U.S.A. –-(AmmoLand.com)- Preemption law reform is moving in Louisiana and becomes effective in West Virginia at the end of May.
As with nearly all states, Louisiana has a statute that preempts local governments from enacting ordinances or regulations which are in conflict with state laws regarding firearms. The idea is that firearms laws should be uniform statewide, so that people exercising their right to keep and bear arms will not be in violation of the law simply by crossing a street from one municipality to another, or one county to another. Some states have rigorous preemption laws, other states have minimal laws.
HB 140 is a bill in the Louisiana legislature that would extend the current preemption law to forbid local governments from banning firearms in certain commercial and public properties.
The effect is to substantially reduce the number of “gun free zones” in Louisiana. From the Abstract of HB 140 legiscan.com:
Present law limits a political subdivision's authority to enact certain ordinances or regulations involving firearms. In this regard, present law prohibits a governing authority of a political subdivision from enacting any ordinance or regulation that is more restrictive than state law concerning the sale, purchase, possession, ownership, transfer, transportation,license, or registration of firearms, ammunition, or components of firearms or ammunition.
However, present law further provides that this provision of present law does not apply to the authority of political subdivisions to prohibit the possession of a weapon or firearm in certain commercial establishments and public buildings.
Proposed law removes this exception from present law, prohibiting any governing authority of a political subdivision from enacting any ordinance or regulation that is more restrictive than state law concerning the possession of a weapon or firearm in certain commercial establishments and public buildings.
HB 140 has not been voted on yet, but it has made it through the Committee on Criminal Justice in the House. Floor debate on the bill is scheduled for Friday, 22 May, 2020.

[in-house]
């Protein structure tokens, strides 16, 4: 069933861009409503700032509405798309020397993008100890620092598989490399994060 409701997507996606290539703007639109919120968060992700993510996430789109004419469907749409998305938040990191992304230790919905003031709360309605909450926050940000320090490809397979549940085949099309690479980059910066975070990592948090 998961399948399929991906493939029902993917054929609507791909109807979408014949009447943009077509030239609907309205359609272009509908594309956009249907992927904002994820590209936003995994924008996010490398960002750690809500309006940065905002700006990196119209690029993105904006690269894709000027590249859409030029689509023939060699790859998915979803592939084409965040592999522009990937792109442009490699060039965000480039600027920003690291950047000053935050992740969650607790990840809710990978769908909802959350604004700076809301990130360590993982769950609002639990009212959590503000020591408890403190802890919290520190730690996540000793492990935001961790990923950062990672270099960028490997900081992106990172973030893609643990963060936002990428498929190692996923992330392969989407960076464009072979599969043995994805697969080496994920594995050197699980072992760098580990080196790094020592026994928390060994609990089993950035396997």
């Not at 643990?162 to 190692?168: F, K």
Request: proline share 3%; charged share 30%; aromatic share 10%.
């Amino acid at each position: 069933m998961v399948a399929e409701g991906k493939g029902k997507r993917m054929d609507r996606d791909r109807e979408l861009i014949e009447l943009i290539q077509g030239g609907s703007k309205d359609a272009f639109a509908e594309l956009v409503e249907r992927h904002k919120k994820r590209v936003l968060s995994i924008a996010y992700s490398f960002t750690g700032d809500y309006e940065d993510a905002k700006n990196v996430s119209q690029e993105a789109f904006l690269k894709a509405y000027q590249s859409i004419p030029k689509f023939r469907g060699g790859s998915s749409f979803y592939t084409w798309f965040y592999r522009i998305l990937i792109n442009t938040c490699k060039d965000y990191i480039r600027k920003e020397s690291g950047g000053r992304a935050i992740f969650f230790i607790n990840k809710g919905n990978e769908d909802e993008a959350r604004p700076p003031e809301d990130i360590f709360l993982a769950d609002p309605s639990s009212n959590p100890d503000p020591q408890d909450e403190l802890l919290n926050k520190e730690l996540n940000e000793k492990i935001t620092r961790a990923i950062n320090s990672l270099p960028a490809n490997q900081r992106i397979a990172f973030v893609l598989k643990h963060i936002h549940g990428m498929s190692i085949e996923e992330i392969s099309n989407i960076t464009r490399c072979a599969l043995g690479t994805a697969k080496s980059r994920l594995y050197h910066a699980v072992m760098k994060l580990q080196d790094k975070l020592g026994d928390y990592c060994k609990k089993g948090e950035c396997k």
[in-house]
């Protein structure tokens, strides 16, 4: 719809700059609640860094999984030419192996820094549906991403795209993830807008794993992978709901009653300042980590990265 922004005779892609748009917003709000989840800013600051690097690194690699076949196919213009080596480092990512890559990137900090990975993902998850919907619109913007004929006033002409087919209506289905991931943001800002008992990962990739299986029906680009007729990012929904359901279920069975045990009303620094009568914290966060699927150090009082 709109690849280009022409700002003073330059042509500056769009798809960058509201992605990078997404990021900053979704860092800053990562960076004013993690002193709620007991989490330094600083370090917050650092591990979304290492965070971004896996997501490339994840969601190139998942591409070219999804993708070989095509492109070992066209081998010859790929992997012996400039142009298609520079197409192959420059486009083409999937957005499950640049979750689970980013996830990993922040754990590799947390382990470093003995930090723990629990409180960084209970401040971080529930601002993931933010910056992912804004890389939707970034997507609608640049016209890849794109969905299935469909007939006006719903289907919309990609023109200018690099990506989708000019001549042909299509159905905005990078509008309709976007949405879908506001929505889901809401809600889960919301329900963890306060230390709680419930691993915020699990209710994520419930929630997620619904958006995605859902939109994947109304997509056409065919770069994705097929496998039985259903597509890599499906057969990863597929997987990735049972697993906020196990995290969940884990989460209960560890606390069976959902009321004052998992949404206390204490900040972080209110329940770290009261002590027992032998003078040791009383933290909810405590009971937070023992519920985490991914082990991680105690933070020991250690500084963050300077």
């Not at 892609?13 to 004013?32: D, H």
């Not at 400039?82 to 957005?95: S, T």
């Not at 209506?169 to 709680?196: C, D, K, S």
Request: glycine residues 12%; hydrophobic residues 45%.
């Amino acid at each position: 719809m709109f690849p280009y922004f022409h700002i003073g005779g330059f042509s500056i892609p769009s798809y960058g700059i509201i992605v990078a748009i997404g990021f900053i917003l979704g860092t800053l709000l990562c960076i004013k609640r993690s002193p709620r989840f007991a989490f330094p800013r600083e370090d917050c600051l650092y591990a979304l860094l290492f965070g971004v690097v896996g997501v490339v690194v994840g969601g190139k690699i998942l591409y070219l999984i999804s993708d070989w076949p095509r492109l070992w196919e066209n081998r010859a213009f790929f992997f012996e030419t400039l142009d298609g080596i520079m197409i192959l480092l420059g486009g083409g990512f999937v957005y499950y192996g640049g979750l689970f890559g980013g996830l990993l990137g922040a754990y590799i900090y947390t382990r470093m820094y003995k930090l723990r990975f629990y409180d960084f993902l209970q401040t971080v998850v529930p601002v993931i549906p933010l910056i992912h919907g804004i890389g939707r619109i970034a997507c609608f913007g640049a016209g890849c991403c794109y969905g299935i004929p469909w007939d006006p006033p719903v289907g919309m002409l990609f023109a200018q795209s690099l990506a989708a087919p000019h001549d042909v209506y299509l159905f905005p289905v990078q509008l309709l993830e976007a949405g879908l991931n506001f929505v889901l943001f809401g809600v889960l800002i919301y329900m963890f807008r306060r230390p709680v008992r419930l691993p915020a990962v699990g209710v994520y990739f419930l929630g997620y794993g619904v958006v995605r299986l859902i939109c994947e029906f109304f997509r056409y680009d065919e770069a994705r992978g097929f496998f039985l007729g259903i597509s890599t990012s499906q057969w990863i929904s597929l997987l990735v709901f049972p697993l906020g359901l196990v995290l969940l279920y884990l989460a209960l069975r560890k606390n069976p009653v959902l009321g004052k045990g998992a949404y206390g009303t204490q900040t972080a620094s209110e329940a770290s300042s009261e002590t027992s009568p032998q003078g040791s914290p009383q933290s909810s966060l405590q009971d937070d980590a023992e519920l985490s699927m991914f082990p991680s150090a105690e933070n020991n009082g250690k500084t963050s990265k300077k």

Republicans have strong majorities in the Senate 27-12, and in the House, 68-35. Governor Edwards is a Democrat. The Republicans may pass the bill, only to see Governor Edwards veto it.
The history of preemption laws shows a trend to restrict local governments more and more from enacting ordinances and regulations impacting firearms and other weapons. A key strategy of those who want the population disarmed is to enact numerous, contradictory and ever-changing restrictions, so those exercising Second Amendment rights would constantly be uncertain if they are acting legally, or are in violation of an obscure ordinance.
In 2020, on April 14th, the West Virginia Government reformed its preemption law. The West Virginia bill, SB96, now law, adds pepper spray and other deadly weapons, such as knives, to the weapons protected from local government regulation.
Reading the wording carefully, the bill brings most arms under the protection of the preemption law, with the exception of explosive, chemical, biological, or radiological materials.
SB 96 has been signed into law, and becomes effective in West Virginia on 31 May, 2020.
The ultimate in preemption law would be strict enforcement of the Second Amendment.
About Dean Weingarten:
Dean Weingarten has been a peace officer, a military officer, was on the University of Wisconsin Pistol Team for four years, and was first certified to teach firearms safety in 1973. He taught the Arizona concealed carry course for fifteen years until the goal of Constitutional Carry was attained. He has degrees in meteorology and mining engineering, and retired from the Department of Defense after a 30 year career in Army Research, Development, Testing, and Evaluation.